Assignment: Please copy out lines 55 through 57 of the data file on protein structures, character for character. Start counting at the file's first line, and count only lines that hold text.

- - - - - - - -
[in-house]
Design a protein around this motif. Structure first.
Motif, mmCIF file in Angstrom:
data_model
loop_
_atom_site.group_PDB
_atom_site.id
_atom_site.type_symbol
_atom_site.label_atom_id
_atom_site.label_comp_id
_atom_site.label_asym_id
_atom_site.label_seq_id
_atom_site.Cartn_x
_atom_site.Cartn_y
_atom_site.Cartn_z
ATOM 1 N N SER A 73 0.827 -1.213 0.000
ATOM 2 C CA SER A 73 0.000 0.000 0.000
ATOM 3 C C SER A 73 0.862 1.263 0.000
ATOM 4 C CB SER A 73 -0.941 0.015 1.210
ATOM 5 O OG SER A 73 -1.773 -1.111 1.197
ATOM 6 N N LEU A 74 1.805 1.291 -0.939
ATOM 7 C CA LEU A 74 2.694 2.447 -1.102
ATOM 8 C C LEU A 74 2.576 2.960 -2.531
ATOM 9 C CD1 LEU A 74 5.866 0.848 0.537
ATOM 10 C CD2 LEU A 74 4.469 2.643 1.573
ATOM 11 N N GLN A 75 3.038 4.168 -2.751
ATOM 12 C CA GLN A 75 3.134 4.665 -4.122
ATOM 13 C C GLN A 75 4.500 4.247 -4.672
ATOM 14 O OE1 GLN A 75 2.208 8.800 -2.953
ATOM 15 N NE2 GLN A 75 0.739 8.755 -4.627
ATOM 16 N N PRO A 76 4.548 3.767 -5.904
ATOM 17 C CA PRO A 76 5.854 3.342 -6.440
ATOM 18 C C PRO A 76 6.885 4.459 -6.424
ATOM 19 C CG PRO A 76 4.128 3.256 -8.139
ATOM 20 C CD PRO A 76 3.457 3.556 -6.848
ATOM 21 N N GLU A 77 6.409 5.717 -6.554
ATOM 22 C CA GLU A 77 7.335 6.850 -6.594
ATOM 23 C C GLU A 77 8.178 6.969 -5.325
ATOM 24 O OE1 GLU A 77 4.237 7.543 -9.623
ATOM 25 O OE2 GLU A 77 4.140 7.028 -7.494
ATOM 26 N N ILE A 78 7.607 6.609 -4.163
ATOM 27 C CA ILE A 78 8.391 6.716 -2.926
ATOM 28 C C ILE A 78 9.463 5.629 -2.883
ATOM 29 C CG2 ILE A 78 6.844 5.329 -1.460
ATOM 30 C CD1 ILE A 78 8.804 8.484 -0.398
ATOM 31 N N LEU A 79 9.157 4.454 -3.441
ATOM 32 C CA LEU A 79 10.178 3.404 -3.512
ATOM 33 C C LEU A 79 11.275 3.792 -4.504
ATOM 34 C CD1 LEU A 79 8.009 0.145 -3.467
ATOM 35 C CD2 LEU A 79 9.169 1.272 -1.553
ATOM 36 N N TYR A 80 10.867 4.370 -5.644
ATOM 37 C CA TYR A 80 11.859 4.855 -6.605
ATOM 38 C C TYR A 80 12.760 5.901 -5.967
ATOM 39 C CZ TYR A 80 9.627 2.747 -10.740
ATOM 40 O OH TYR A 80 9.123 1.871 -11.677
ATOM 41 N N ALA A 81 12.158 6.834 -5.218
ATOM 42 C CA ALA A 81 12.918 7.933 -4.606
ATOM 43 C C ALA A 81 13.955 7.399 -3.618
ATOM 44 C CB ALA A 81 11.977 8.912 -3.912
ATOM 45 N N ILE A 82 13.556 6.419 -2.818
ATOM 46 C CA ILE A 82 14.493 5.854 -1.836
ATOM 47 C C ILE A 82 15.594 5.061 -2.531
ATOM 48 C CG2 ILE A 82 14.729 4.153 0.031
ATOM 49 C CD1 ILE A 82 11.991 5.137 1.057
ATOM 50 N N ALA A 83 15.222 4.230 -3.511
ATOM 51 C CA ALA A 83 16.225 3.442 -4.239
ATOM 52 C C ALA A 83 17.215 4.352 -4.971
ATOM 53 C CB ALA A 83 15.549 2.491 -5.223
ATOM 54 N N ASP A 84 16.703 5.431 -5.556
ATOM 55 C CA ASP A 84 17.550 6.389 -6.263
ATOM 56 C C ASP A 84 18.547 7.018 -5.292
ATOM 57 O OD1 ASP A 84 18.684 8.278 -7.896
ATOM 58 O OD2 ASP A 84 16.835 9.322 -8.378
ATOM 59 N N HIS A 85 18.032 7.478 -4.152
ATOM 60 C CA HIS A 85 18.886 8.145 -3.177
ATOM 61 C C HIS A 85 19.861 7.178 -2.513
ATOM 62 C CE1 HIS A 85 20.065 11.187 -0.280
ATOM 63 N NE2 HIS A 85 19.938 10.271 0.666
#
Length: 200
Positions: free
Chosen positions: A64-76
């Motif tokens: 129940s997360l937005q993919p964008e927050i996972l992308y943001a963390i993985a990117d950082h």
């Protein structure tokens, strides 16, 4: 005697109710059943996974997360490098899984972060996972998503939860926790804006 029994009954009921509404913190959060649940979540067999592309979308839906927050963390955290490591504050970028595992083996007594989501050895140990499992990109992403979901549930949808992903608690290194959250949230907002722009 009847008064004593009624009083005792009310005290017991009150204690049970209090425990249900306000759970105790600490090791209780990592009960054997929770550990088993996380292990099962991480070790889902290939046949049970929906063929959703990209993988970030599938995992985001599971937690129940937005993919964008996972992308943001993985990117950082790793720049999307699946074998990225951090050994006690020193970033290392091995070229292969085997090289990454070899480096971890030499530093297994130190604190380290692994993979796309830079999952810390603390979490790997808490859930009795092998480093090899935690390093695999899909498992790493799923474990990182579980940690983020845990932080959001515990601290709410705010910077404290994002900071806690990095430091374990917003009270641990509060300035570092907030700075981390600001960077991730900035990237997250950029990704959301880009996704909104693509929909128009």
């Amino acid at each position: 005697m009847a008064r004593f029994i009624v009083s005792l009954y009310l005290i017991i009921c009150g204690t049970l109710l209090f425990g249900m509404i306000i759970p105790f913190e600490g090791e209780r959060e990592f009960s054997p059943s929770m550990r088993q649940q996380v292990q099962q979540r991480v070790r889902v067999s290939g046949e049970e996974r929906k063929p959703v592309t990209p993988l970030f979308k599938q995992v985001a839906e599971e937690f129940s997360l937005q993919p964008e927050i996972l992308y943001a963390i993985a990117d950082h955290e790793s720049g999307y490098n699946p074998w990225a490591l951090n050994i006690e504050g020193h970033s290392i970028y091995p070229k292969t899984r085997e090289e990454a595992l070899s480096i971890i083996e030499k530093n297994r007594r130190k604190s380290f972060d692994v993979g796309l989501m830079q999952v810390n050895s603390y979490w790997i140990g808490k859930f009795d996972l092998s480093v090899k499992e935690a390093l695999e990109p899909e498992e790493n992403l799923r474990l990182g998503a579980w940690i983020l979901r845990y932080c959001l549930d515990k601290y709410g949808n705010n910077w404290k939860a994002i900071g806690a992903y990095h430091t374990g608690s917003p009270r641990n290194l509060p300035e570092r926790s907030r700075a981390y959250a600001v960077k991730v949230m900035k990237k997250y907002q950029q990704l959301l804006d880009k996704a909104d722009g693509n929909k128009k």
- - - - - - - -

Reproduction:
ATOM 40 O OH TYR A 80 9.123 1.871 -11.677
ATOM 41 N N ALA A 81 12.158 6.834 -5.218
ATOM 42 C CA ALA A 81 12.918 7.933 -4.606